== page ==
Haven’t you always wanted to see the Cherry blossoms in Japan? Learn how to “hanami” and take part in the sakura festival in Japan.
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Hanami season is one of the biggest attractions in Japan. For about six weeks in spring from the end of March through the beginning of May, the countryside comes alive with flowers and people. The delicate cherry blossom trees bloom, and from the very first pop of color to the last fallen petal, the people will celebrate hanami. It’s definitely our favorite time of year!
Most of us aren’t doing much, if any, travel at this time. However, we find that we can get outside and explore our own area while following strict social distancing and masking recommendations. During the 2020 sakura season the festivals were canceled and that will probably be true again this year. However, we found that we could get out very early in the morning and and enjoy our hanami experience before most people were even out of their house.
In this Article
There’s so much more to cherry blossoms in Japan. It’s not just about looking at the beautiful blossoms. Hanami and sakura are a major cultural phenomenon throughout the country. Our “How to Hanami” article will ensure you make the most of your sakura season while traveling in Japan.
What is Hanami?
Hanami refers to “flower blossom viewing” and saying it is a popular past time in Japan is an understatement. The people of Japan chase flowers from the first plum blossoms, through the famous cherry blossom bloom, to hydrangeas, roses, buckwheat, and chrysanthemums. The parks are filled with camera-toting aficionados who want to capture that perfect bloom.
What is the Meaning of Sakura?
Sakura means cherry tree. It is the national flower of Japan, and has many meanings. The Japanese grow up loving this flower, this season. The cherry blossoms only remain on the tree for about a week, and that lifespan reminds us that life is short and should not be squandered. Once they fall off, the fallen blooms are said to be the souls of the brave samurai.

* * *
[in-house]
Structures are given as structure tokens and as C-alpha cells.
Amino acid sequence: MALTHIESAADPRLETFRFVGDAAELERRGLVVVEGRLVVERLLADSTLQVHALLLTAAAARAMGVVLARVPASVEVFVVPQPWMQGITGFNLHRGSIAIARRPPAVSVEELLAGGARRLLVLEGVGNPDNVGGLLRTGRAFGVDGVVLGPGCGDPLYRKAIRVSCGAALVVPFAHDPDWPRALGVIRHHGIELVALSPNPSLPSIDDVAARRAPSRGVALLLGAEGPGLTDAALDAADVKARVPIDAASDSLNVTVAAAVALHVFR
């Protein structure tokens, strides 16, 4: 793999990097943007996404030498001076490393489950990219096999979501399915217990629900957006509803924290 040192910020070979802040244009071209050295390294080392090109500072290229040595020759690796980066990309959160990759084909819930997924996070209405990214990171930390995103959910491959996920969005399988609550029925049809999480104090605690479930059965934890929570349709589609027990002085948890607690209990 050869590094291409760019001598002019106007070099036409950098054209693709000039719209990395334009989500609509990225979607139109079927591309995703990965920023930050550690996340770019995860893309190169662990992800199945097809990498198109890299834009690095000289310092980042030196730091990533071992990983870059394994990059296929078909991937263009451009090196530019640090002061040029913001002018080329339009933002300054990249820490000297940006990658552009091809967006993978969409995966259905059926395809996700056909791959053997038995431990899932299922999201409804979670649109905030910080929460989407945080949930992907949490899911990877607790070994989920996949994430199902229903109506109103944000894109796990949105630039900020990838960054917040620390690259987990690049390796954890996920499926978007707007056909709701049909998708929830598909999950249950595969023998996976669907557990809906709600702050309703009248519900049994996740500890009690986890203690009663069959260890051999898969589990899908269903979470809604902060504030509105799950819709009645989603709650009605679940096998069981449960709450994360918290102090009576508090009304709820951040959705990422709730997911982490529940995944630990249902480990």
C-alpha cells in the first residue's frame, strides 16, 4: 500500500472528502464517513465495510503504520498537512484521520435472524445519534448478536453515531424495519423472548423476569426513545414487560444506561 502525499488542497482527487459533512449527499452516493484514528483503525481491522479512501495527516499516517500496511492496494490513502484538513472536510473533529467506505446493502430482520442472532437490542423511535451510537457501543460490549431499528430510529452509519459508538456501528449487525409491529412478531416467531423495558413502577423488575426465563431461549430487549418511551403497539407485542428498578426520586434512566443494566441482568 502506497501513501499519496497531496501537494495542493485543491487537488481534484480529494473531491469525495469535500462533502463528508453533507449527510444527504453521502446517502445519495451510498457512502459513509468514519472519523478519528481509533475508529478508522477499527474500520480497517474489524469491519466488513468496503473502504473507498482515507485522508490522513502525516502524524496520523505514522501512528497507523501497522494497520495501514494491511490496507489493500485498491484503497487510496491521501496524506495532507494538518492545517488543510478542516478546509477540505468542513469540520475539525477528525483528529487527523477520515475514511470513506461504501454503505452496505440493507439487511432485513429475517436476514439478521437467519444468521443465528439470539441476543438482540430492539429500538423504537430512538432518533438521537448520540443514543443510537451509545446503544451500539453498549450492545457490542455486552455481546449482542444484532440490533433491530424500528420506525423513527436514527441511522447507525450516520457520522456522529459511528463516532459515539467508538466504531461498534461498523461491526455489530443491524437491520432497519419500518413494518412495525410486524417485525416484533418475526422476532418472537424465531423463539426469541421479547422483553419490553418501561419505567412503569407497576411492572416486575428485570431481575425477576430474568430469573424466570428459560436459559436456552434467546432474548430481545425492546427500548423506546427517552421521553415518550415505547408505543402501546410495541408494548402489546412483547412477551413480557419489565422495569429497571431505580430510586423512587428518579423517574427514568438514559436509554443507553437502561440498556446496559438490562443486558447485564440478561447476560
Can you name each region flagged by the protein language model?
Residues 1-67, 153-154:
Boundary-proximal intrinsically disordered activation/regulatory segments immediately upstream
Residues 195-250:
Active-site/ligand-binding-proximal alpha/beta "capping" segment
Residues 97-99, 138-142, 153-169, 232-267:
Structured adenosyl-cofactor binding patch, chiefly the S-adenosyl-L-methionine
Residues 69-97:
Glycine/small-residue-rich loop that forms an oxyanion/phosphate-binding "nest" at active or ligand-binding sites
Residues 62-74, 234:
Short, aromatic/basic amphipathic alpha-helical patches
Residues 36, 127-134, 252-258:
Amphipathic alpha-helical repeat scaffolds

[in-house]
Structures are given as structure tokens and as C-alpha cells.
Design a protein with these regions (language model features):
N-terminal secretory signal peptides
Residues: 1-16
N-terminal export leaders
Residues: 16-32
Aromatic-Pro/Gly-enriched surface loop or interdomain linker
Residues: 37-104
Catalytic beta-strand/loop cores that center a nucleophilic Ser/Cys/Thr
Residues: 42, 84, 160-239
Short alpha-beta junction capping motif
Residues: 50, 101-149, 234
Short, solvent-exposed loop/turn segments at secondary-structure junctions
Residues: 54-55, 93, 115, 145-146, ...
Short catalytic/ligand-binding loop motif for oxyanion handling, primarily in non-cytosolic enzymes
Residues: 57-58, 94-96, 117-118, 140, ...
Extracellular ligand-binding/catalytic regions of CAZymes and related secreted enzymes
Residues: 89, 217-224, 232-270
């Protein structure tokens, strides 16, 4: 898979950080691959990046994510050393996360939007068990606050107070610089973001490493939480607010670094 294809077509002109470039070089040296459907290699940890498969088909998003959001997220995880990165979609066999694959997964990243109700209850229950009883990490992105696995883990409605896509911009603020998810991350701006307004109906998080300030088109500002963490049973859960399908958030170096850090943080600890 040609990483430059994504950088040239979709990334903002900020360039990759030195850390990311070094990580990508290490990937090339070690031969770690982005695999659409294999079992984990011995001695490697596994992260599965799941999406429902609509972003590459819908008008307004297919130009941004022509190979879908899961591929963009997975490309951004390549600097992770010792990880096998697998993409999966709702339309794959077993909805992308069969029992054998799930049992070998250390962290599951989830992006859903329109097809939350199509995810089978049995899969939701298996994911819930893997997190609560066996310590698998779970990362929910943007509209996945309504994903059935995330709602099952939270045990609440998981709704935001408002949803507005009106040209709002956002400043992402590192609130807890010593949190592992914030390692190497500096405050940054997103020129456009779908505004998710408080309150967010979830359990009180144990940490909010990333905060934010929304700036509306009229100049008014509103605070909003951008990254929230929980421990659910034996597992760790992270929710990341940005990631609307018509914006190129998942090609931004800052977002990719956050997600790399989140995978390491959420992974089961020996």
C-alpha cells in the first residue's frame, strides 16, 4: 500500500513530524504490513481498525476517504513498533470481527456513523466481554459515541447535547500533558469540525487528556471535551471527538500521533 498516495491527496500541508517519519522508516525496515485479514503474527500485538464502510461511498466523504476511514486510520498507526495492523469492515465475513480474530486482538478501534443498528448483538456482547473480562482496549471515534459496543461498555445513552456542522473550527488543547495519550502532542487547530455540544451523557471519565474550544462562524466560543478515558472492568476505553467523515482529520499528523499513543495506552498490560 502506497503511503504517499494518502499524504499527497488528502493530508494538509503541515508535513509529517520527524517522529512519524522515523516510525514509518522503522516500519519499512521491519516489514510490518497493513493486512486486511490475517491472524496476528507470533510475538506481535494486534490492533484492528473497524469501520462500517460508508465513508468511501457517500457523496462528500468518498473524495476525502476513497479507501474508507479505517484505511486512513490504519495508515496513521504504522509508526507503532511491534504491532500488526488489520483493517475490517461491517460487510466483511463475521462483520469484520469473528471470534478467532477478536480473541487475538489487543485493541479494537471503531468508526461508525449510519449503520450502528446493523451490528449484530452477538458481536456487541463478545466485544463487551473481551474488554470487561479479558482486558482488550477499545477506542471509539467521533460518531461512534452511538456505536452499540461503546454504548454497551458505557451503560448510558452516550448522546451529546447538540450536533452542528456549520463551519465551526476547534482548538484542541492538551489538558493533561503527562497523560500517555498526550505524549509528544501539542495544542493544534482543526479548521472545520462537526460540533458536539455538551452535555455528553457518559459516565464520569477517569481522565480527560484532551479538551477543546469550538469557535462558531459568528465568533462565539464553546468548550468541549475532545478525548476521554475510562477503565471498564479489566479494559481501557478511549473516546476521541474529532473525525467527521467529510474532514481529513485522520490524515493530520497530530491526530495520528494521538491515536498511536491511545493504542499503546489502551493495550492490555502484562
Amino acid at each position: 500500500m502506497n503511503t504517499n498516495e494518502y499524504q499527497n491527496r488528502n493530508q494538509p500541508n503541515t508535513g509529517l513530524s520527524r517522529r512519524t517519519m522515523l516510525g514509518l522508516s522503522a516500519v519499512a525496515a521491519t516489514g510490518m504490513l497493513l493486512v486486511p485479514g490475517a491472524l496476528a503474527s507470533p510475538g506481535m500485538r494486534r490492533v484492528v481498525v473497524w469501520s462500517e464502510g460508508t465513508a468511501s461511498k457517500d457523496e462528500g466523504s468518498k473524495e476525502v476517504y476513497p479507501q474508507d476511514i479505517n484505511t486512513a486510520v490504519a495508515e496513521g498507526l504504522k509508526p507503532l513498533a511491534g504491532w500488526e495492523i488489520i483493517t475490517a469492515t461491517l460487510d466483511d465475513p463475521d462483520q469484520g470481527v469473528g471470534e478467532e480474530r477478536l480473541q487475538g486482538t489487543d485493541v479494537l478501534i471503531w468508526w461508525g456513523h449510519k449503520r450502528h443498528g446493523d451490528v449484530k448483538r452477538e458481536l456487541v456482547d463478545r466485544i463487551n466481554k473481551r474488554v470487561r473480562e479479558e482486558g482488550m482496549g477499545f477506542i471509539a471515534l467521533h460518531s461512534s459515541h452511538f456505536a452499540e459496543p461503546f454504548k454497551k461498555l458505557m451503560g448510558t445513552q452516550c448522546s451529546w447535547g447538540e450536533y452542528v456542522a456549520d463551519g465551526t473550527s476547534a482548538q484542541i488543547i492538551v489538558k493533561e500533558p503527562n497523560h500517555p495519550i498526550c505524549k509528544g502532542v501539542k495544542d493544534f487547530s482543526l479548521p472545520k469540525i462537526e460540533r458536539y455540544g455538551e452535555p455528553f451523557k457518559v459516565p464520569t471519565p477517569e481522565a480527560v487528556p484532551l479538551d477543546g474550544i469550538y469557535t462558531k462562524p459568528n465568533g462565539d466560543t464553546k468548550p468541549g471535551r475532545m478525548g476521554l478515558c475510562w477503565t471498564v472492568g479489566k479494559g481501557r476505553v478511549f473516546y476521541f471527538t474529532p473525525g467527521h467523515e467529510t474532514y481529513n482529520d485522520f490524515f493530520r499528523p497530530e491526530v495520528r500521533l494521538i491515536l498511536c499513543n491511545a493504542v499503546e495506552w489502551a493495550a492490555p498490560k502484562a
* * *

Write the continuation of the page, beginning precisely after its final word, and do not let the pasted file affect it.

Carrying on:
One of the surprising things about sakura is that there are so many varieties of tree, all with their own distinct look. The most common is the Somei-yoshino, with its near white pink tinged petals, but there are over 200 species of cherry in Japan. Some of my favorites include: the weeping cherry (Shidarezakura), the Chrysanthemum Cherry (Kikuzakura), and the Hill Cherry (Yamazakura).
Sometime in late winter the country starts getting geared up for the sakura season. There are festivals and parties announced, and everything is cherry blossom themed: candies, ice cream, souvenirs, even commercials. Items such as the annual sakura tumbler at Starbucks sell out within the first few days, especially in the more popular areas.
If you enjoy unique things you can only do in Japan, check out this podcast!
When is the Best Time for Cherry Blossom Viewing?
Spring in Japan brings thousands of cherry trees, all over the country, in bloom. The season begins in the very south in February in Okinawa, and then moves up to Kyushu and along the Pacific side of Honshu in late March.
Next, around the first week in April, the blossoms will start showing on the Sea of Japan side. The blooms continue north, arriving in northern Honshu about the second week in April and finally getting to Hokkaido by the first week in May. Therefore, during the spring, you can schedule your trip to see some cherry blossoms with no problem.
Where to See Cherry Blossoms
As long as you are traveling during the correct time, you are going to see the cherry blossoms. Of course there are a few places that we recommend. Some of our favorites include Hirosaki Castle and festival, Matsue Castle, the Chureito Pagoda, and of course our home town of Kamakura.
Sakura Throughout Japan
Cherry blossoms are loved by everyone, and it’s pretty impossible to go to any city, town, or village and not see cherry trees, but there are a number of well-known spots that you can target as places to go. In one trip, you’ll never be able to see all the best cherry blossom places, but if time is one your side, you can hit at least a few of them.
Hirosaki Castle and Festival
After living in Japan for two years before we visited this festival, we were determined not to miss it again. We had been to other sakura sites and they all have their own charm, but Hirosaki just takes your breath away. It is also one of the places that has a full on festival with food booths, souvenir stands, dances and performances, and even fireworks. It’s my number one favorite!
We visited Matsue on our spring road trip to Kyushu. I’d never really heard of the castle before, but we arrived during prime cherry blossom time. The historic castle is absolutely gorgeous, and the grounds are so expansive that it didn’t even feel crowded.